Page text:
An appropriate sensibility demands that a team marks out the strengths and weaknesses of each component in the opposition. This to an extent of bringing on specific bowlers to counter individual batsmen, and accordingly special field placements devised to produce desired logical outcomes. Hence, the bowler with a potent bouncer is used as antidote to the happy-go-lucky hooker.

How does all this fit into a contemplated pattern of structuring the bowling? For my part, it would serve West Indies very well to engage at an advanced stage of its team preparation in playing two or three practice matches before embarking on a tour. This would help mitigate against not having the benefit of an approved schedule of warm-up matches – as occurred recently on tour to Australia. Such dress rehearsals would help in putting players under the microscope to assess how well they fit into related aspects of team strategy and tactics. All this must fit into a wholesome indoctrination that bowlers win matches.

Preparation is considered ninety percent of any war. Then, proper preparation can make an impressive difference in the cumulative growth of development from one tour to another, and one year to the next. As to our batting, the known quantities need to add dimensions of both quality and quantity to their comportment. As an opener Kraigg Braithwaite has shown progress in the two years since he got into the team. This should translate into his becoming a firm anchor of the innings. He can become more substantial by raising his bar, resulting in the team thriving into potency of bigger scores. He must see himself as the kind of anchor that was Conrad Hunte. He must cast each of his innings for the long haul.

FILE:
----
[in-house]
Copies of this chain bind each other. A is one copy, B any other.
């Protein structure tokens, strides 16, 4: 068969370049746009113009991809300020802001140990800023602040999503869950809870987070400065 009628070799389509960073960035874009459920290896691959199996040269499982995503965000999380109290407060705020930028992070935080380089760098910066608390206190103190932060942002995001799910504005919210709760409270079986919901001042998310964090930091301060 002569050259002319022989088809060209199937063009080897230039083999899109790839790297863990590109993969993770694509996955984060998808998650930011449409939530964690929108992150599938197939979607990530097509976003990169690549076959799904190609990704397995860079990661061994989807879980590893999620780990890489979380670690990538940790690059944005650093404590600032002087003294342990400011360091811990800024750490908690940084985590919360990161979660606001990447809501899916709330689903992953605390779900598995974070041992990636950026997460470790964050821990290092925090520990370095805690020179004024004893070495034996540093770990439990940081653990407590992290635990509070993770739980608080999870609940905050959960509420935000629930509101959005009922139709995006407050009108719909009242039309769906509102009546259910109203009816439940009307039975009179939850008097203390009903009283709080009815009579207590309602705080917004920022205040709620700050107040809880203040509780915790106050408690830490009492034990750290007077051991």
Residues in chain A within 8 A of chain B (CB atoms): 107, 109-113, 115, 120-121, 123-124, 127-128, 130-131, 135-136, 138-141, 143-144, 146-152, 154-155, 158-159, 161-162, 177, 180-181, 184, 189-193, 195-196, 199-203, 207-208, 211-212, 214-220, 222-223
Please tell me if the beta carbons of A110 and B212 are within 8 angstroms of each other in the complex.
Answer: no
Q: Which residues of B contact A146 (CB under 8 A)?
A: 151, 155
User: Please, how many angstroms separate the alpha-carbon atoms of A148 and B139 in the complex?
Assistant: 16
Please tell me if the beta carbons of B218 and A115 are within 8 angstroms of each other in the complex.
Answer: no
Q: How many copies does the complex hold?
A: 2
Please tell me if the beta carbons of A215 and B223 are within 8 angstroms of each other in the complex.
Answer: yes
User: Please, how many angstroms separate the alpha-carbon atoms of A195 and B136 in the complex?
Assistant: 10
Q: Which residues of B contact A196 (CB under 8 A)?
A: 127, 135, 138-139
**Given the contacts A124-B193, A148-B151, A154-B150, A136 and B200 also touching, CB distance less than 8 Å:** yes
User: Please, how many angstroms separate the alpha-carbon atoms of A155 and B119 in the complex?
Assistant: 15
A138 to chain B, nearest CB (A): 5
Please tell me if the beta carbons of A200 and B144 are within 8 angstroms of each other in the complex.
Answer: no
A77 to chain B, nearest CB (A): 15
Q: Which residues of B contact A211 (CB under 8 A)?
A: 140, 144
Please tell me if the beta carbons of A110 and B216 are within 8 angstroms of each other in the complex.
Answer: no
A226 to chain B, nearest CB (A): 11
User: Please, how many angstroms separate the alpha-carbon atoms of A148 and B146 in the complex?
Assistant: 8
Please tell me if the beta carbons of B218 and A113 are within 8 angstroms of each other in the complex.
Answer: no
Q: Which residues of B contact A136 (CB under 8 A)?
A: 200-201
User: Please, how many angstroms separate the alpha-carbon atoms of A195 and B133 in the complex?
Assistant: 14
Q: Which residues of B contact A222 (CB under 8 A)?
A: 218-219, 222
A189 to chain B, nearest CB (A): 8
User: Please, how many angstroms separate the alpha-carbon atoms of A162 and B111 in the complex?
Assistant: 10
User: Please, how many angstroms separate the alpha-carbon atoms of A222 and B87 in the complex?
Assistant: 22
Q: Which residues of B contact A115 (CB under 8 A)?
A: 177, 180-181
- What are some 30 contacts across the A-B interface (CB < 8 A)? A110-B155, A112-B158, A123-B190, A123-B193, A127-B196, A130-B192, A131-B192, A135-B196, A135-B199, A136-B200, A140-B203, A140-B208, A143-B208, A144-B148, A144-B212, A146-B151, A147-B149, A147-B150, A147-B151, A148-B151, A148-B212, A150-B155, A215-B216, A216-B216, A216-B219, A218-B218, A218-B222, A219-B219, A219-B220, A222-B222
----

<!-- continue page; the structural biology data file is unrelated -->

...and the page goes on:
Darren Bravo, too, must reflect on lifting himself above the sufficiency of one good innings in a tour. His capability is greater than this. If he lifts himself he will haul others along with him. Here, though, one detects an element of unfitness in his current make-up which can be corrected. Better for him to rate as an artisan, instead of an artist or an accountant tallying his runs with miserly concern for profit rather than loss.

The state of Marlon Samuels is much too embedded in the clutter of a confused mind, seemingly able to sort itself out only after prolonged and convoluted introspection. By now he should have a greater command of self determination which would pose him as less enigmatic and more positively assertive. He can be more influential than being an all or nothing crisis man. His maturity is deserving of an ability to embrace more in an expanse of usefulness. Marlon may not yet have found the psychologist he needs. His eminent physician may be unearthed from among the array of legends of West Indies cricket. Nothing he is going through could by any means be new to the venerable Everton Weekes, Gary Sobers, Gordon Greenidge, Desmond Haynes, Vivian Richards, Clive Lloyd or Brian Lara. But he, like the West Indies board must submit to the wisdom of resorting to open and candid meeting of minds with those comprising an obvious repository of irreplaceable knowledge.